To encourage and build each other up is a necessity, not just in our faith, but in life.  We need each other, in bad but also in the good times.  It is in its absence that the sufferings of Jesus on the cross were so abominable – He was all alone, going through the most horrific moment that has ever been experienced by any human, the physical pain, the emotional humiliation of the false accusations that put him there, the spiritual unbearable weight of the sins of all mankind, and the loneliness, separation, and isolation in that moment.  

That is why it had to be God’s son on the cross, not just because he was the only pure and spotless one, nor was it just because he alone was righteous and holy, it was because only he could take our journey of separation and isolation, our journey that could only be done alone.

There were only 2 times when our earthly human element of time impacted our timeless God, the first was the creation and the second was giving Jesus from his birth to the empty grave.  An agonizing wait and an unimaginably sacrificial act. For Jesus was a part of a community, a community that built him up, encouraged him through, and loved him fully – this community was first the Godhead and then an earthly community, an extended family, of humans.  He too, in the same way as us, suffered greatly without the encouragement of those communities.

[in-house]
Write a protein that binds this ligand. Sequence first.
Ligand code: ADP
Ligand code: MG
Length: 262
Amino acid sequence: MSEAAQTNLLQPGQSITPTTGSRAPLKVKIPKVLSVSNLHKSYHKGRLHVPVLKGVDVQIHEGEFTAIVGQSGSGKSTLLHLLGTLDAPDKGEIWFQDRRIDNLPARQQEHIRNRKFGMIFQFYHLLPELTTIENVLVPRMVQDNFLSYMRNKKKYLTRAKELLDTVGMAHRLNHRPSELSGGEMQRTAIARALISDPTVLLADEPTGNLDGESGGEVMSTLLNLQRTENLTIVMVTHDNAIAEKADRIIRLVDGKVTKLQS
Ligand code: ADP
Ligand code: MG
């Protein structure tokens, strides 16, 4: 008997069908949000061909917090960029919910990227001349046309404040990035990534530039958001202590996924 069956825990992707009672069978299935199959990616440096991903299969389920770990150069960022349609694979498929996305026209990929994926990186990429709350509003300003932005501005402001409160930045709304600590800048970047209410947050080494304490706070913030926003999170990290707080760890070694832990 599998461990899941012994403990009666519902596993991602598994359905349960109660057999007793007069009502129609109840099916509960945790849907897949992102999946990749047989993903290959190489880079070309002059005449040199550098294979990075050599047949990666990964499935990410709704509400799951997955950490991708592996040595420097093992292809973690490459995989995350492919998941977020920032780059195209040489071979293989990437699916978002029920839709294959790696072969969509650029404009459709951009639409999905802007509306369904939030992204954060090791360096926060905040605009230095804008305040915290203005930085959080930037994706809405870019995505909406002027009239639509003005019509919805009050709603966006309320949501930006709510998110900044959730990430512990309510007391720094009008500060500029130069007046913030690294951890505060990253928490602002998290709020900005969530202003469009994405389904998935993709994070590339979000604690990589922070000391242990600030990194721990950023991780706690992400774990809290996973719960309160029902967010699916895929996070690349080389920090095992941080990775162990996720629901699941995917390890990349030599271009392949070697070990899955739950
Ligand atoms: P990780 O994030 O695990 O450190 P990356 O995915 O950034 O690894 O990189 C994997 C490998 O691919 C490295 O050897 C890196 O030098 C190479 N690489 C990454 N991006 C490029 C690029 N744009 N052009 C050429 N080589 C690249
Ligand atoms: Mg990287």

Today, we look at an example of this encouragement and building up each other spoken of by Paul to the church at Thessalonica.  It is not an example from Jesus words to his followers or his moments with those closest to him, nor is it from the apostles letters and travels to lift up the believers.  Instead, it comes from the book of Judges and ultimately culminates with a hammer, a tent peg, and a woman willing to do what needed to be done in order to build up those who were in the greatest need of encouragement, deliverance, and hope.

It is the story of two exceptionally strong women, who, in today’s vernacular would probably be referred to as beasts – not because of their appearance or presentation.  Beast, because in a society that dismissed women, these women did all that needed to be done, in faith and action to listen and act on the words from God, to encourage and build up a leader to go to battle against an oppressive and warring neighbor, with a people against their fiercest enemy.